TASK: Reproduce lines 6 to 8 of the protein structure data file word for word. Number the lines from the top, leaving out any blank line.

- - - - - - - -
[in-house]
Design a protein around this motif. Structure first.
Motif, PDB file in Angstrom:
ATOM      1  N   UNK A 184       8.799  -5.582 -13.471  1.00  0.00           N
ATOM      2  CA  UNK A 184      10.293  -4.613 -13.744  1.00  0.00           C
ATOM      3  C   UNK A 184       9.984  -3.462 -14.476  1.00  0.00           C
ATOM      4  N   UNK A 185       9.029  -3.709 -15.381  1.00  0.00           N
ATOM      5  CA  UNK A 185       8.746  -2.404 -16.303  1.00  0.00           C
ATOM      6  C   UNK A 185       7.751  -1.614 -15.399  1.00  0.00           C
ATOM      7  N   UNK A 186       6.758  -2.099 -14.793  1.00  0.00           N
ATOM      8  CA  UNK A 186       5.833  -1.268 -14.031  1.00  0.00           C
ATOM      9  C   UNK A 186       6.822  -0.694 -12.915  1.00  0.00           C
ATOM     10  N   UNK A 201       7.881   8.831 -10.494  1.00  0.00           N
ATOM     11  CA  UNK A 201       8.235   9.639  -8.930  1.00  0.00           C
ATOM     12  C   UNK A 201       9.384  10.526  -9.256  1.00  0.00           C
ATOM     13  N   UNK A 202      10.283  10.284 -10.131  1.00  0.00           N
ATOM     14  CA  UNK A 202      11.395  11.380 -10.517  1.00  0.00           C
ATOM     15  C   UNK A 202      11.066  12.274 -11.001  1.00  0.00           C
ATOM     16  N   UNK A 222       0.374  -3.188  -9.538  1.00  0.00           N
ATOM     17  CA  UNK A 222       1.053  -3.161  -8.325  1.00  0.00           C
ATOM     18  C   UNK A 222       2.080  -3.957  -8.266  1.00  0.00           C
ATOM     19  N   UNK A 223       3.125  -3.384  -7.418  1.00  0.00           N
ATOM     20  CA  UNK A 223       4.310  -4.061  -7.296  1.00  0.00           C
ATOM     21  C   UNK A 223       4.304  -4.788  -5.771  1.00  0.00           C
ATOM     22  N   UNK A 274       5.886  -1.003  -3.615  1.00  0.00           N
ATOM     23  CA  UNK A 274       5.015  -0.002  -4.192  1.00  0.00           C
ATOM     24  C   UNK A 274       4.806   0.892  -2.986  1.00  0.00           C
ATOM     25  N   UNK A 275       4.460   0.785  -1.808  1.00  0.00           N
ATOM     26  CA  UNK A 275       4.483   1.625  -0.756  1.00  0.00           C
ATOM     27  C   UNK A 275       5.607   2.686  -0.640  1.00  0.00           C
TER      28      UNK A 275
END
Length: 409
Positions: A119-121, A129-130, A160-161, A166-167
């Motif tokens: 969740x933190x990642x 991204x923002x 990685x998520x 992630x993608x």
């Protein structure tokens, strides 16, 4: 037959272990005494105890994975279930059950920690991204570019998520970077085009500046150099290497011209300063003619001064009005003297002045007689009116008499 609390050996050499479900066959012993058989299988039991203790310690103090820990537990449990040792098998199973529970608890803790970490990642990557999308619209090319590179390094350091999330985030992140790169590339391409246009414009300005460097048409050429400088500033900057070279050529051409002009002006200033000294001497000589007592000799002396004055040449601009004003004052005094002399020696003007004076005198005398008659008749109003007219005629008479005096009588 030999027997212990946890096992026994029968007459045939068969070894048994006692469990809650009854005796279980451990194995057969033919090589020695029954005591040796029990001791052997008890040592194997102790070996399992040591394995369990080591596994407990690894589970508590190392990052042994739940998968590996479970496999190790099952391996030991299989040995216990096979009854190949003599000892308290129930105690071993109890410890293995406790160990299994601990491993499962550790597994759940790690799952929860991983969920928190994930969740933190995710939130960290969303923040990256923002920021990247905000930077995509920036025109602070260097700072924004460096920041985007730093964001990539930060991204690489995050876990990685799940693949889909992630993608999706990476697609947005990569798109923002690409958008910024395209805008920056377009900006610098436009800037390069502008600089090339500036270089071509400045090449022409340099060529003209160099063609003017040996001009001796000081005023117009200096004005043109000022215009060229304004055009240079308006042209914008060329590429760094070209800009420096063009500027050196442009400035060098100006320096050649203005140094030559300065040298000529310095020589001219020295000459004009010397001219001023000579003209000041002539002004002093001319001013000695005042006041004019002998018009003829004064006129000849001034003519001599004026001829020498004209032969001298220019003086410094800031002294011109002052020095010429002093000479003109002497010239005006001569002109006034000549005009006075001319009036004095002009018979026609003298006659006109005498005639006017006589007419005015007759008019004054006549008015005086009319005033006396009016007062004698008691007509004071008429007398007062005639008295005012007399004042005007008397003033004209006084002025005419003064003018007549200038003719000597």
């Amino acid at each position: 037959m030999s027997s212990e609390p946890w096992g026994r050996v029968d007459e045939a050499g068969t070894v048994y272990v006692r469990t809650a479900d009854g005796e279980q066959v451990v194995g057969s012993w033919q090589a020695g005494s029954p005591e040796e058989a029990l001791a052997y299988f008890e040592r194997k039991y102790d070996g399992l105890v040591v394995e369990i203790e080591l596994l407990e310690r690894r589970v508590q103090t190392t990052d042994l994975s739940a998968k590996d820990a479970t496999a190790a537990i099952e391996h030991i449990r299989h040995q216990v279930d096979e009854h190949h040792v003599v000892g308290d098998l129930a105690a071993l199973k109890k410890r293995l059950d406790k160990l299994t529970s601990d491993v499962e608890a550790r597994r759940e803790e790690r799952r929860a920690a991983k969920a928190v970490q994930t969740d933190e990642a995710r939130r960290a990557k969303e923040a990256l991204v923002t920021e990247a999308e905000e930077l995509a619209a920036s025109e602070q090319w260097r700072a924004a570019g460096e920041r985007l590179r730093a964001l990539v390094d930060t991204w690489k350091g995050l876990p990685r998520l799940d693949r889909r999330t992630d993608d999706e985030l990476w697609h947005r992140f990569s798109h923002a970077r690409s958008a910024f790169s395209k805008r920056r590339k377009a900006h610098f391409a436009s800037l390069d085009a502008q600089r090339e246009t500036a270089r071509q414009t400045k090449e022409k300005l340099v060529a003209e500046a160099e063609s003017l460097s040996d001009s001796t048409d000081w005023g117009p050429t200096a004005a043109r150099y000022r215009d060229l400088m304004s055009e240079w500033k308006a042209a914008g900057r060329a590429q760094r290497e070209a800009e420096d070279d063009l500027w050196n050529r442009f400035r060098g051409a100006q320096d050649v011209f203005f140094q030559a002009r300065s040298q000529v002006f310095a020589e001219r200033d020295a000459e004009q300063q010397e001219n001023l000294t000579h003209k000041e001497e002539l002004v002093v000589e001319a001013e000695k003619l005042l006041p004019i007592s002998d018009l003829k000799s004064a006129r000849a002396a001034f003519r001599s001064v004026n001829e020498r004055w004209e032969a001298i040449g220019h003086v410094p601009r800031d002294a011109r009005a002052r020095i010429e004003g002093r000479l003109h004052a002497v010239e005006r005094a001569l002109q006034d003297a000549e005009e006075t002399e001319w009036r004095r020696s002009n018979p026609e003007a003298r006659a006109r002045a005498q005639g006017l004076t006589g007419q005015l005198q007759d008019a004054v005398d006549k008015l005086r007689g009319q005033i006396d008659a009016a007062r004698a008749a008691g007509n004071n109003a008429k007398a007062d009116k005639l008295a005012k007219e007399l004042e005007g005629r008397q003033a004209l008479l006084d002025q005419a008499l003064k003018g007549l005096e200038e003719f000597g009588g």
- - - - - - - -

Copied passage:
ATOM      3  C   UNK A 184       9.984  -3.462 -14.476  1.00  0.00           C
ATOM      4  N   UNK A 185       9.029  -3.709 -15.381  1.00  0.00           N
ATOM      5  CA  UNK A 185       8.746  -2.404 -16.303  1.00  0.00           C